Joseph Moyo Appeals to the Zambian Government for Euthanasia
Synopsis: Joseph Moyo from the Republic of Zambia is requesting the Zambian Government euthanize him to guarantee his rights and dignity as enshrined in the Zambian Constitution to end his discrimination, pain, humiliation, and suffering. "Everywhere I go in this country, I encounter barriers that make it a no-go area for anyone in my state. The constant discrimination and exclusion have taken a severe toll on my mental well-being, and I have reached a point of deep depression and even suicidal thoughts. The lack of support for disabled individuals in this country is disheartening."
Joseph Moyo, a citizen of the Republic of Zambia, is appealing to the Zambian Government for euthanasia. He believes that this decision will uphold his rights and dignity as outlined in the Zambian Constitution. His primary goal is to put an end to the discrimination, pain, humiliation, and suffering he is currently experiencing.
The following is an edited version of Joseph's story as received by Disabled World.
Flying for my medication has become an ordeal of discrimination, humiliation, and pain at the Harry Mwanga International Airport in Zambia. Due to the absence of disability passenger lifts (DPIs) for both small and larger aircraft, I am forced to sign a consent document that authorizes airport staff to lift me as if I were a lifeless body being carried in a coffin by pallbearers. This degrading boarding process has caused immense physical and mental suffering, interfering with my freedom of movement. I feel treated worse than cargo, as even inanimate objects are handled with more care.
This mistreatment extends beyond the airport. Everywhere I go, including government-owned buildings, I encounter deliberate exclusion zones, preventing me and others in my condition from accessing essential places. I am essentially under house arrest, not by choice but because of the government's neglect in providing the necessary facilities to ensure the rights and freedoms of all citizens, regardless of their physical condition.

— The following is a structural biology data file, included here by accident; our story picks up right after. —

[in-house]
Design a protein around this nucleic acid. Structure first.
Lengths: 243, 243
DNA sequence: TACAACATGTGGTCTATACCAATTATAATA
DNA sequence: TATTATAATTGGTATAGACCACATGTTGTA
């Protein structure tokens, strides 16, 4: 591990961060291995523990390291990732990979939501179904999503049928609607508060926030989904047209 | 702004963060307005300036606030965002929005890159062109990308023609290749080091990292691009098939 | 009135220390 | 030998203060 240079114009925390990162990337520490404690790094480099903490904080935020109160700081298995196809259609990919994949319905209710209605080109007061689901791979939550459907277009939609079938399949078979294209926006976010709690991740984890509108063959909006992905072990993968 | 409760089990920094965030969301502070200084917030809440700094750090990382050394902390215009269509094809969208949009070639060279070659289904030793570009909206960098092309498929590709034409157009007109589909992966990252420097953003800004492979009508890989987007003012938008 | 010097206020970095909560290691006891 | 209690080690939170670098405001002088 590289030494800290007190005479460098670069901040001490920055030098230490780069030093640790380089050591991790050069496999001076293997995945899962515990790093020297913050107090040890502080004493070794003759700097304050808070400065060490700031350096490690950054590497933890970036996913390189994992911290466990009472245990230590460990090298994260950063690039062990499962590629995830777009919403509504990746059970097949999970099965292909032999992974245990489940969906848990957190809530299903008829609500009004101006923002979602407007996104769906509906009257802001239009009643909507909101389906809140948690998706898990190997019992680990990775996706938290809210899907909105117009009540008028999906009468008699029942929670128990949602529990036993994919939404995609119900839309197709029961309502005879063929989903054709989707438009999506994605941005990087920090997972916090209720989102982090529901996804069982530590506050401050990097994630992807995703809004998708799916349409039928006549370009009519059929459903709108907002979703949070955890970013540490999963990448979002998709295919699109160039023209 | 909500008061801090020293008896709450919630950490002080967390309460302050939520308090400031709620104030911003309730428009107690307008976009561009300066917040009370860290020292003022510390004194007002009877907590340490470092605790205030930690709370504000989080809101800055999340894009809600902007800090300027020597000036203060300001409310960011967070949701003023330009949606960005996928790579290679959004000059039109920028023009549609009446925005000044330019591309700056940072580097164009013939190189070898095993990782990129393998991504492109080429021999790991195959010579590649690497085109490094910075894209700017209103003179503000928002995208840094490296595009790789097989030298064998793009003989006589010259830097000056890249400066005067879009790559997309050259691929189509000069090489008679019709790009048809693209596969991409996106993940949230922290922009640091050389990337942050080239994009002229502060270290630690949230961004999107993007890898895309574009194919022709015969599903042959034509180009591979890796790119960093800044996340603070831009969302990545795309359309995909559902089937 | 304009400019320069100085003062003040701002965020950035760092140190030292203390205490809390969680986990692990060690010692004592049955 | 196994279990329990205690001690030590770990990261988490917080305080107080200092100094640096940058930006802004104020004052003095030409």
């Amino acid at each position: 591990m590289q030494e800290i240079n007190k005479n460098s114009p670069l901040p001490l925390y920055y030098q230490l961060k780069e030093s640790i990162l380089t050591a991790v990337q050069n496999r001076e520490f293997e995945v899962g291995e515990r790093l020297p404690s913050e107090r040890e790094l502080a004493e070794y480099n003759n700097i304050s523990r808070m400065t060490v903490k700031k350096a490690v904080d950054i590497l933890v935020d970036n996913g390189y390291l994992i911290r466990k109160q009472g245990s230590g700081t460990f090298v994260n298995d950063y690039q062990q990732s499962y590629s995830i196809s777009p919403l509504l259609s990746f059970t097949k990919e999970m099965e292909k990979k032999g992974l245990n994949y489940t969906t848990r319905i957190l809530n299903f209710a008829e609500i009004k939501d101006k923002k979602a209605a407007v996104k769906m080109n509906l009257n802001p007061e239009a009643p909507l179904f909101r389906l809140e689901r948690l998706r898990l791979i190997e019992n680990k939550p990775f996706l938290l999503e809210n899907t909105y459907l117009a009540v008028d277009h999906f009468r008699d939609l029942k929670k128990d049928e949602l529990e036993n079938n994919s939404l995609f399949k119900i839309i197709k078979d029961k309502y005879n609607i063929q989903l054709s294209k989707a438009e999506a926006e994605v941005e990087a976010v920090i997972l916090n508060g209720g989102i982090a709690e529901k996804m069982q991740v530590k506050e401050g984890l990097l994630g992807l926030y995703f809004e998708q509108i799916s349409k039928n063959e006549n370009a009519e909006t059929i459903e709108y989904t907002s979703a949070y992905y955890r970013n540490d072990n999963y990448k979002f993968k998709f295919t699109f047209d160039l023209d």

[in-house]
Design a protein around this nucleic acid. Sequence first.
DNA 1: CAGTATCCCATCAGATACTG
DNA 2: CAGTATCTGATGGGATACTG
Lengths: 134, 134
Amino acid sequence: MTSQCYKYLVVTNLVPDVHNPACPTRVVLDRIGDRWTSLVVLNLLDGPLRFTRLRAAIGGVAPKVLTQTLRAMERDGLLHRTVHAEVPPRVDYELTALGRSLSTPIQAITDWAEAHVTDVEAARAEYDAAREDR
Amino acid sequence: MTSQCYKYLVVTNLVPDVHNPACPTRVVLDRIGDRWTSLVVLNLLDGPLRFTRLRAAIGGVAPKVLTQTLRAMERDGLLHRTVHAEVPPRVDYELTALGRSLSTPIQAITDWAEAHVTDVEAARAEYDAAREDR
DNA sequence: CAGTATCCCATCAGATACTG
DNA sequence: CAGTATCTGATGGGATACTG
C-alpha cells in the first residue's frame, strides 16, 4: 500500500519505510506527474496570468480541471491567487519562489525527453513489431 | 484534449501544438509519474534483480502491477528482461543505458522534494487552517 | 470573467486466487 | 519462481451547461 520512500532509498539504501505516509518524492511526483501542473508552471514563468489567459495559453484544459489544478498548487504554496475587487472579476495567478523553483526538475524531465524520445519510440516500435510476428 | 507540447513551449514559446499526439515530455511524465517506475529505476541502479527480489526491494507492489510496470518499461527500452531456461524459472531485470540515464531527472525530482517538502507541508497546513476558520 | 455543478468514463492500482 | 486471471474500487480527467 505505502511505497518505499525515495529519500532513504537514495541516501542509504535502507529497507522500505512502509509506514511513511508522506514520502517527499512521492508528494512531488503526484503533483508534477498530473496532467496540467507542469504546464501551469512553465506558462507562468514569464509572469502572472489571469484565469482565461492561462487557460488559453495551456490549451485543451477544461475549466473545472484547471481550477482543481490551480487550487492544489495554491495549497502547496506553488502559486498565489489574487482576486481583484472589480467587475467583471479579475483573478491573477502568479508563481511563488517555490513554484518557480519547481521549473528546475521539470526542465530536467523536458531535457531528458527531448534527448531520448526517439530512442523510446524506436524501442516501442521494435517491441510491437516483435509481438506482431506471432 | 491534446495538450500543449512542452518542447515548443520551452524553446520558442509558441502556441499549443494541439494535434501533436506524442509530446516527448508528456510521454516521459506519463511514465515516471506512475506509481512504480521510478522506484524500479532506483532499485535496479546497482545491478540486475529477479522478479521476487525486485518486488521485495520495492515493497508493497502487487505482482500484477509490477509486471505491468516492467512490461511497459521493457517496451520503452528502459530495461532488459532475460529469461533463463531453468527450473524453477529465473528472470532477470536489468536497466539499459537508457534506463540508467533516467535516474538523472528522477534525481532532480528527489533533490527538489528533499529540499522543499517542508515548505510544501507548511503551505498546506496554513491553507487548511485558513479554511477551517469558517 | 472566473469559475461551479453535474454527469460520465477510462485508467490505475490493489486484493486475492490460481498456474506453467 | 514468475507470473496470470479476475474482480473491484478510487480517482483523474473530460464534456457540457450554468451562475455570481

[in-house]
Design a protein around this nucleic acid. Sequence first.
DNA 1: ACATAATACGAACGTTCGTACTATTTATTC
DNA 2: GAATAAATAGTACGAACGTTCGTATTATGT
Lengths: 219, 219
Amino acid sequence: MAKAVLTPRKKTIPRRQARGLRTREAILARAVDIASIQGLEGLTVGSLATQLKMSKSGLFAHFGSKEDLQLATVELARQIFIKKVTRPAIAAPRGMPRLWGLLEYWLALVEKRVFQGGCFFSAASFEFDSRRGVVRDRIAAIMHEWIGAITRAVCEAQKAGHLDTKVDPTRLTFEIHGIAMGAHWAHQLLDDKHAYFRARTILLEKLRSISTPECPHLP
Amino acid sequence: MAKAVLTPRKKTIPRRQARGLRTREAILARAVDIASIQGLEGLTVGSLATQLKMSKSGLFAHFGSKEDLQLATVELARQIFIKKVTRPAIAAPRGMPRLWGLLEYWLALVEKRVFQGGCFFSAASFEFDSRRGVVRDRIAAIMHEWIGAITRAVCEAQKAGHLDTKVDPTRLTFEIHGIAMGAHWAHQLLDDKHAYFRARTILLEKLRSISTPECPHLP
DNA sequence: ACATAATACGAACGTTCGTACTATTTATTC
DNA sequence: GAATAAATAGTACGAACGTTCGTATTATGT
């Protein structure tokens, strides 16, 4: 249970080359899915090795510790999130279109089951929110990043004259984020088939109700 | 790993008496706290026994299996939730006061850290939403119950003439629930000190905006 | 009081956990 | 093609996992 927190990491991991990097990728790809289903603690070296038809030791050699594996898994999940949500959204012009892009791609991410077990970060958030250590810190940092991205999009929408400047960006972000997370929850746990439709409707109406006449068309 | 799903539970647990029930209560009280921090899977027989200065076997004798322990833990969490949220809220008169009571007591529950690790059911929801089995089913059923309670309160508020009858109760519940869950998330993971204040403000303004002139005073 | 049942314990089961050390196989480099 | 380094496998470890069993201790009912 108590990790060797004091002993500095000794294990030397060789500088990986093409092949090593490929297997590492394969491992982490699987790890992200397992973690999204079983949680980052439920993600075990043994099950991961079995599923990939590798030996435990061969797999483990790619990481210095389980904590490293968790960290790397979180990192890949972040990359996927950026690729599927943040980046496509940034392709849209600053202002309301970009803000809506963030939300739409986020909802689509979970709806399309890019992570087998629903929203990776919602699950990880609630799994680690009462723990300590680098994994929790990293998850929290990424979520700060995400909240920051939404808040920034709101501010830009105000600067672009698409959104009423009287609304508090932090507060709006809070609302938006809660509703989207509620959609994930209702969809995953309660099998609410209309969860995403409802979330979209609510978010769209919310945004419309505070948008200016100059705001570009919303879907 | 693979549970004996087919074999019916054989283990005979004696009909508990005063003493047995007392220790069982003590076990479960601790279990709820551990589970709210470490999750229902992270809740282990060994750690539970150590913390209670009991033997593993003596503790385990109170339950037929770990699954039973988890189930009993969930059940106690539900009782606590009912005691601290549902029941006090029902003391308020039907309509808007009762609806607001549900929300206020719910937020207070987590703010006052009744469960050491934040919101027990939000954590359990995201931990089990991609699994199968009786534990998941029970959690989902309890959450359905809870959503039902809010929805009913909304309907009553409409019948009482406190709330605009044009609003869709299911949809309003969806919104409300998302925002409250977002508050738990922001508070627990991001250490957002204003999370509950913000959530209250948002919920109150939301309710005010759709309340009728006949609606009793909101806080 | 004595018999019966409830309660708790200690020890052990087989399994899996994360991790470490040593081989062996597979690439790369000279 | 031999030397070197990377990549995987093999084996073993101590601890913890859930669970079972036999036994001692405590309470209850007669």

I have sought justice through the judiciary, but even there, I face discrimination and obstacles, having to be physically lifted just to enter courtrooms, causing further distress. The pleas I have made to various government authorities, including the minister of Infrastructure and even the United Nations, have fallen on deaf ears, leaving me feeling utterly abandoned and hopeless.
Given the government's inability to address the discrimination, indignity, pain, and suffering they have inflicted upon me, I see no alternative but to ask them to end my suffering through euthanasia. This decision stems from the belief that my existence in Zambia has lost its value, and the government seems unwilling to guarantee the rights and dignity of its citizens.
Livingstone Central Hospital is aware of my medical condition, but the lack of accessible airports and public spaces leaves me feeling like there is no safe place for me in this country. My life has become unbearable, and I am emotionally and physically drained.
If the government cannot remedy this situation promptly, I beg them to grant me the dignity and relief of euthanasia. Euthanasia is meant to end unbearable suffering, and if the government cannot address these inequalities, then it is a way to end the torment I endure daily. My pleas for humane treatment and dignity seem to be too much for the government to handle, so if euthanasia is the only solution they can offer, I am willing to accept it in the name of ending my pain and suffering.
I have exhausted all efforts to engage the government, but it appears they do not care about my plight. I hope that my suffering and possible demise will at least draw attention to the urgent need for change and ensure a better future for others who may find themselves in a similar situation.
All I ask is to be able to travel with dignity and without added suffering. Treat me as a human being, not as garbage. Either cure this injustice or grant me the release I seek. I have endured enough pain and discrimination, and it is time for the government to take action. Euthanasia, in this case, would be an admission of their failure to resolve this issue and an acknowledgment of the irreversible suffering they have allowed me to endure.
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Cite This Page (APA): Joseph Moyo. (2023, July 30). Joseph Moyo Appeals to the Zambian Government for Euthanasia. Disabled World. Retrieved September 26, 2023 from www.disabled-world.com/disability/blogs/joseph-moyo.php
Disabled World is an independent disability community founded in 2004 to provide disability news and information to people with disabilities, seniors, their family and/or carers. See our homepage for informative reviews, exclusive stories and how-tos. You can connect with us on social media such as X.com and our Facebook page.
Disabled World provides general information only. The materials presented are never meant to substitute for qualified professional medical care, nor should they be construed as such. Funding is derived from advertisements or referral programs. Any 3rd party offering or advertising does not constitute an endorsement.